Didi Chuxing’s acquisition of Uber’s China business last week reshapes the landscape in Asia’s growing ride-hailing sector, and leaves India’s Ola more vulnerable to attack by Uber in its $12 billion home market.
Four months ago, Ola executives met with Didi hoping the Chinese firm would invest fresh capital to help it fight Uber Technologies Inc which, with its deeper pockets, has made rapid inroads into India.
They were told Didi wanted first to sort out its own challenges in China, said a person with direct knowledge of Ola’s plans.
Didi and Uber have raised and spent billions of dollars in a discount slugfest to win drivers, passengers and market share in China.
Didi, now worth around $35 billion, last year invested about $30 million in Ola, which is also backed by Japan’s SoftBank Group, and the two are allies in an anti-Uber group that also includes US -based Lyft and Southeast Asia-focused Grab.
“This (Didi/Uber China) deal changes the dynamics of how they (Didi) will invest in India,” said the person, who didn’t want to be named because the discussions were private.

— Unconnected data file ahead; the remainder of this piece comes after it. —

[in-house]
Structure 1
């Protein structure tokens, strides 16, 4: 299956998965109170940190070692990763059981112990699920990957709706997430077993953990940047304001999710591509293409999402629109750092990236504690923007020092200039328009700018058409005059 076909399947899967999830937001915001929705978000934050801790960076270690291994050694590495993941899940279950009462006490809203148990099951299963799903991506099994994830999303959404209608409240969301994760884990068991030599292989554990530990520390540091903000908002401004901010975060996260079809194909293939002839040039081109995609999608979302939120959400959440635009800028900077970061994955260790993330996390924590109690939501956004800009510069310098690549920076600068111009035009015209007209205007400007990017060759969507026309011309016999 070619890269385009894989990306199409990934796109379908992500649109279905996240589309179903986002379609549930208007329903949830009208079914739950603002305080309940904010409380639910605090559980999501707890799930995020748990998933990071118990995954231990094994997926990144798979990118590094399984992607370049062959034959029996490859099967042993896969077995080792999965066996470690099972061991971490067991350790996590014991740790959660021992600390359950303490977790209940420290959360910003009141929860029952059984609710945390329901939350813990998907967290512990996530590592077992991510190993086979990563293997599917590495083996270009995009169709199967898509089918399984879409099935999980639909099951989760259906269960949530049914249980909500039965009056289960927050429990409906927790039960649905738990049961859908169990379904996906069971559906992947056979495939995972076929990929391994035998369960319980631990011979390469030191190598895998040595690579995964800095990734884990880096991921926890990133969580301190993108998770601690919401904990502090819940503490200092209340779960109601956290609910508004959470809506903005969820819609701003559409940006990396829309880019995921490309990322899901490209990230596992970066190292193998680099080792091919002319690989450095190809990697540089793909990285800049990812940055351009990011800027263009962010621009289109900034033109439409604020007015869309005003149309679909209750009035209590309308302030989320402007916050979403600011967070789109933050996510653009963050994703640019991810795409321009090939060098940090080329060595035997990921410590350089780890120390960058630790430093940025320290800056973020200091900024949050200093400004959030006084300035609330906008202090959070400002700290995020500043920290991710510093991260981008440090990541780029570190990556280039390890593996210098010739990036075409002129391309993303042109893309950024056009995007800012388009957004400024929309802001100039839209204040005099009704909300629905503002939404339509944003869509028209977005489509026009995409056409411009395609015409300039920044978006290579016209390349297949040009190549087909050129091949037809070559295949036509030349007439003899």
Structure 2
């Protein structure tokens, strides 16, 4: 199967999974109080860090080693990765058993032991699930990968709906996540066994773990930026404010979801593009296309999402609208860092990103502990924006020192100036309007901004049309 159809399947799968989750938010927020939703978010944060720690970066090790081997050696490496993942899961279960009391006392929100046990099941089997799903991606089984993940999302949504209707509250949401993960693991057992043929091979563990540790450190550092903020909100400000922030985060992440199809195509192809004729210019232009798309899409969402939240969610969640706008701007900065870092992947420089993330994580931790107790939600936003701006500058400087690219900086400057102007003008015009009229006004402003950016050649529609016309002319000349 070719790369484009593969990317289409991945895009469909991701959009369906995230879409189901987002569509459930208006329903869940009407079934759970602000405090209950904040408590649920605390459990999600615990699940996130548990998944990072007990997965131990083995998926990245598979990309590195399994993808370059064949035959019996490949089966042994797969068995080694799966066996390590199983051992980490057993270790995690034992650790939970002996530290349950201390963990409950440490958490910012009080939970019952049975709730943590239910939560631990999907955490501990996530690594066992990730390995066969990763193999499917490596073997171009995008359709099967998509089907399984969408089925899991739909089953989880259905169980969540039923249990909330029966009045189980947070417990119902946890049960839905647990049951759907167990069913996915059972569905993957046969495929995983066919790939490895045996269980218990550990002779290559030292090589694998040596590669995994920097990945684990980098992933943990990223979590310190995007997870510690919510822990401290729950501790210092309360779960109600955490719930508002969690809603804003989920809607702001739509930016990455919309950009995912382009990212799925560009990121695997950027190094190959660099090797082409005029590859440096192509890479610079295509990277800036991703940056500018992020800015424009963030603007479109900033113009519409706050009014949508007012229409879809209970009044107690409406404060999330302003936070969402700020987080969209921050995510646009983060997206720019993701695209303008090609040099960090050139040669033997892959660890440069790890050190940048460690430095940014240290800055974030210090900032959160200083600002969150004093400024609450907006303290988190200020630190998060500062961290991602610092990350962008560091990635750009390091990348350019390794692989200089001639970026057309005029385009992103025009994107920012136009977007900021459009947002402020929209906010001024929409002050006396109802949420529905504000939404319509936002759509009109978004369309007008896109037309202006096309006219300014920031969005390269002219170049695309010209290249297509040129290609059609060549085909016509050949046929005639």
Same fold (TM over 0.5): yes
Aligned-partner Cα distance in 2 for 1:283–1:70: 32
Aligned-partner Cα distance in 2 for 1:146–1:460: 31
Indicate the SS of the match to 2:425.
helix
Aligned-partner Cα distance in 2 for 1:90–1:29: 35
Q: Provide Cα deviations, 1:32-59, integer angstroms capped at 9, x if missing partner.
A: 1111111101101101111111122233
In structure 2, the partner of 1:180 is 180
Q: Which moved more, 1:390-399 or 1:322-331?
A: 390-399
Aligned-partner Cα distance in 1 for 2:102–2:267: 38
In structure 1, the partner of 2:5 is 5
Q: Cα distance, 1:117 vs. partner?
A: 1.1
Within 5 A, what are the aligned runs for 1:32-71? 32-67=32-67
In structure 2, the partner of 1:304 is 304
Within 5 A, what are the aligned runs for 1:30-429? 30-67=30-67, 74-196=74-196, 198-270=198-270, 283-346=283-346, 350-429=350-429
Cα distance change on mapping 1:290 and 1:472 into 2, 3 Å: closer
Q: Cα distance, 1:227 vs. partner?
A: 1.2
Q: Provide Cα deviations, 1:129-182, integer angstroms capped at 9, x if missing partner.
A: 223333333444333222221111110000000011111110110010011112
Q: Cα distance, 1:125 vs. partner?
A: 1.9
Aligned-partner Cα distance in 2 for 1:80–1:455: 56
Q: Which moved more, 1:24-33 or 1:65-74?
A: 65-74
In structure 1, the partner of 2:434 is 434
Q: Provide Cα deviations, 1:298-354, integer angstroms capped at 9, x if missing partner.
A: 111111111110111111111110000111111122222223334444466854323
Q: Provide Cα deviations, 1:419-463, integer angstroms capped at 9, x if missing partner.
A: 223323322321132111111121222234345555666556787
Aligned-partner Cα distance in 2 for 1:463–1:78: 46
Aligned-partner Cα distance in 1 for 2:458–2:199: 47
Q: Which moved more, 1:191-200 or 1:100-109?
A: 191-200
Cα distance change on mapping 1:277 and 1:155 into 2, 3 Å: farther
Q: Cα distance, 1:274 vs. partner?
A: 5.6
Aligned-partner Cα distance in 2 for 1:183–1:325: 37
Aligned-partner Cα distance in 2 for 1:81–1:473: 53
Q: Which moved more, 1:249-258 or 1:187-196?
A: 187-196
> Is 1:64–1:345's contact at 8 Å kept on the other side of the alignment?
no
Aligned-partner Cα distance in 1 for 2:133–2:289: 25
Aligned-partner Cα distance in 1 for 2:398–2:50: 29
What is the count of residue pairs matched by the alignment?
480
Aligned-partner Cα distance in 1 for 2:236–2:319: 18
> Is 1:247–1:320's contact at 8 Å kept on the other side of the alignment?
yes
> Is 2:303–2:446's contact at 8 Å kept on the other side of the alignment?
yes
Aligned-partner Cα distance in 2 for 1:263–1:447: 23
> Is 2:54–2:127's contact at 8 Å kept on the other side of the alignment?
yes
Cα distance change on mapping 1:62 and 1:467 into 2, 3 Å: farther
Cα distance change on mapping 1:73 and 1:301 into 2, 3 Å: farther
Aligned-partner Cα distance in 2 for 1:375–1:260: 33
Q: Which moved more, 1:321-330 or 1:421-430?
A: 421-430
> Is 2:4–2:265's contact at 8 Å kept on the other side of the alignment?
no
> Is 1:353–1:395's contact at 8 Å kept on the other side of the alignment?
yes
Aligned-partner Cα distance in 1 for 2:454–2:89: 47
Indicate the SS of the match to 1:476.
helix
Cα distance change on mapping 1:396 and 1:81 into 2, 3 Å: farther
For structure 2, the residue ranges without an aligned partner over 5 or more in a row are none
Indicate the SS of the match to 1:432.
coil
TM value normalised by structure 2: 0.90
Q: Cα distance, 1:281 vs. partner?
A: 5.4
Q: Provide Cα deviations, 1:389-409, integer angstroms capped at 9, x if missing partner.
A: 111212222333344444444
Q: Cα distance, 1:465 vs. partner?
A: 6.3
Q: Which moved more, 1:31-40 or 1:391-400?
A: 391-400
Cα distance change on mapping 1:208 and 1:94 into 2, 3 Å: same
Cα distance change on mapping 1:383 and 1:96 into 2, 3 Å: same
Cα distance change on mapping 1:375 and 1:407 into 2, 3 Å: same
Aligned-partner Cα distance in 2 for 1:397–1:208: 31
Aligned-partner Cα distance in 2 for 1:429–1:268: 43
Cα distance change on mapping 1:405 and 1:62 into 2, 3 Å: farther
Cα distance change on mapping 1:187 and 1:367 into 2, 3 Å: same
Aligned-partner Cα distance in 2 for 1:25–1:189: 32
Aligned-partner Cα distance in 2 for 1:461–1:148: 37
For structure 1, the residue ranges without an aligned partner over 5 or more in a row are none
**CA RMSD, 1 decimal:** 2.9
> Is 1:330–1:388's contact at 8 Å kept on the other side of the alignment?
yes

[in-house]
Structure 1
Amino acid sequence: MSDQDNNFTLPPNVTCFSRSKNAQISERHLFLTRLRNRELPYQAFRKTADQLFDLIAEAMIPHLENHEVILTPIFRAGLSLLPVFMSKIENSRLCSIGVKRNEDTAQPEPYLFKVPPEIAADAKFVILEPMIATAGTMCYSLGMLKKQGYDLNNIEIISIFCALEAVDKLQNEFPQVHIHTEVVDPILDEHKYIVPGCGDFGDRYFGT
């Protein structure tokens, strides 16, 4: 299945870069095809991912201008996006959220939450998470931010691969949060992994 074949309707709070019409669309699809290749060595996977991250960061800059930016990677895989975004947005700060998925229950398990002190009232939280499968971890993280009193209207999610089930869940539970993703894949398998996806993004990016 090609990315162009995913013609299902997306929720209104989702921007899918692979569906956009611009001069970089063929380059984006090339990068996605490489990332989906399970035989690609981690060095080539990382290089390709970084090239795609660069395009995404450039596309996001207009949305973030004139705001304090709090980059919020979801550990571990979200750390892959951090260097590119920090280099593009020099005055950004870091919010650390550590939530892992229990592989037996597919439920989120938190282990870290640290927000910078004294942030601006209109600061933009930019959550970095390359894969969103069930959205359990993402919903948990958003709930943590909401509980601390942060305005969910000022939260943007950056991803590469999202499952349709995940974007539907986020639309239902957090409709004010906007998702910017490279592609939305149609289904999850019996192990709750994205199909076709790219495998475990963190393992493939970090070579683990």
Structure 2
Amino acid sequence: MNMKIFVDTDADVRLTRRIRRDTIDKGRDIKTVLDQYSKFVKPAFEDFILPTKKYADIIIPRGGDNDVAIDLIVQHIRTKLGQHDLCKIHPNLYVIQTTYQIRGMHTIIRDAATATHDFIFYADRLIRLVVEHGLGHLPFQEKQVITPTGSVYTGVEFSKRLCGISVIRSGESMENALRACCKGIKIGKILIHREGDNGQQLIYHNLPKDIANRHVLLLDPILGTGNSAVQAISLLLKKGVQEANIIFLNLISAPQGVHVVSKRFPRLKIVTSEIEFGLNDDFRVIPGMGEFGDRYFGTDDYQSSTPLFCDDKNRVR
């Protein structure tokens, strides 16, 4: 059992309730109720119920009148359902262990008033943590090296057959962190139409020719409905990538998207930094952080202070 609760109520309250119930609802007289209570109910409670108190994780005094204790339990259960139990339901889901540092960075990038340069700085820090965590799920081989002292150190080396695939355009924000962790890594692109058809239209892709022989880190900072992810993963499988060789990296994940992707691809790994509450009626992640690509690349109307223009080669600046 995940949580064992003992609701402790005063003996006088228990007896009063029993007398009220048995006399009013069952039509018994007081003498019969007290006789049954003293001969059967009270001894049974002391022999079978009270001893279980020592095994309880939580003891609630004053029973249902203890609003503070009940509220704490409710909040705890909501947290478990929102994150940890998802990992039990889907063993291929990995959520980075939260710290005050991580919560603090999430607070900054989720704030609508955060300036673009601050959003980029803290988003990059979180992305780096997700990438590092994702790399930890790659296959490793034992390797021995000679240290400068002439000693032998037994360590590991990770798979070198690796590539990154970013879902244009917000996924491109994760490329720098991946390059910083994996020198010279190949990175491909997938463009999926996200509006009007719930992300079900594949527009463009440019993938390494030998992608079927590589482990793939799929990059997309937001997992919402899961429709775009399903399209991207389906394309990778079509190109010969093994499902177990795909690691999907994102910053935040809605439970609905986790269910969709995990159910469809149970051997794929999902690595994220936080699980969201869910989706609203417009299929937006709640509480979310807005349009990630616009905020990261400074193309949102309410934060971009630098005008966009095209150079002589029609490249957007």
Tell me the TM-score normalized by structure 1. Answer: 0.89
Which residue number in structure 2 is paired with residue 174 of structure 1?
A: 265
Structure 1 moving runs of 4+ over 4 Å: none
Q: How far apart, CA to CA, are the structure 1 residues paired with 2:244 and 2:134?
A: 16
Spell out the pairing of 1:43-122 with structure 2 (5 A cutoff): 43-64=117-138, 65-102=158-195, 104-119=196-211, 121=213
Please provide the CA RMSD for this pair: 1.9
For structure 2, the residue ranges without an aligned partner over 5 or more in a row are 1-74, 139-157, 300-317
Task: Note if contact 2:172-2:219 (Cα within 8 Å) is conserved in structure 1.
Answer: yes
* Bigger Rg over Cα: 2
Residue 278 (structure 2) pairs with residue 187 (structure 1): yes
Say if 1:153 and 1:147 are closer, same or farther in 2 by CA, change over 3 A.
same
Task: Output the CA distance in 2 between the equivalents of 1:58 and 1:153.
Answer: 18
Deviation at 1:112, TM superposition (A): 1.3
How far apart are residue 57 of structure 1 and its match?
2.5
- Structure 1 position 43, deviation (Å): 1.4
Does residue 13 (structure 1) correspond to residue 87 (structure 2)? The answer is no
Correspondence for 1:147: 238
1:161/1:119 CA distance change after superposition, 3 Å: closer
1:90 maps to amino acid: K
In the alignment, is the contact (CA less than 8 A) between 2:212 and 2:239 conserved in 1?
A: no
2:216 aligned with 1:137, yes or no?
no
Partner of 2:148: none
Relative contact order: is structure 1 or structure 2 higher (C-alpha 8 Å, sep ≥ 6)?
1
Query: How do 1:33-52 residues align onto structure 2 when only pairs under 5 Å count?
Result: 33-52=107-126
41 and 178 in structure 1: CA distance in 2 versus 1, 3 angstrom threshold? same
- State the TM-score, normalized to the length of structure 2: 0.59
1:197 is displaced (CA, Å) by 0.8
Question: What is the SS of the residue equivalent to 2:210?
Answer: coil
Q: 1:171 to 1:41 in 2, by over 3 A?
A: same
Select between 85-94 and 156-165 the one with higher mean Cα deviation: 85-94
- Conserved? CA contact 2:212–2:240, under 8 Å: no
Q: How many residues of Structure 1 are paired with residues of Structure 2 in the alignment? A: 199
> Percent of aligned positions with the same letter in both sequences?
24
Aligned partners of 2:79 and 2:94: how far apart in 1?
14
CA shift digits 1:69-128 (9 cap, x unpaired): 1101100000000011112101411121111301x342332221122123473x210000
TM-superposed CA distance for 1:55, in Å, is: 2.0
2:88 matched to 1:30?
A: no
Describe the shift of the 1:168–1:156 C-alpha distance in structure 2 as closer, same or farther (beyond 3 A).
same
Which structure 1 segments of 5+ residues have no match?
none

If Didi invests more in Ola, it’s effectively betting against Uber, its new partner in China, the person said. It’s not clear whether Didi would provide equity or debt to Ola, which has raised around $1.3 billion in funding and is valued at over $5 billion. SoftBank Capital, Ola’s key investor, faces its own financial issues and is selling assets to raise cash and reduce debt, which may pose another fundraising challenge for Ola, which was aiming to raise another $1 billion this year.
Ola did not respond to an email request for comment. Didi said in an email that it will focus in the coming months on, “ensuring smooth integration internally.” It did not comment on its meeting with Ola. Didi has no immediate overseas investment plans, said a person with direct knowledge of the matter.
The stakes are high in India, already one of the world’s fastest growing taxi markets. Ola and Uber have burned through investors’ money and clashed in legal battles over alleged dirty-tricks tactics and pricing. After the Didi deal, Uber is even more focused on India, which it has previously called its No. 2 priority overseas market, doubling down on resources, staffing and technology deployed there, said two people familiar with Uber’s plans, one of whom is based in the US.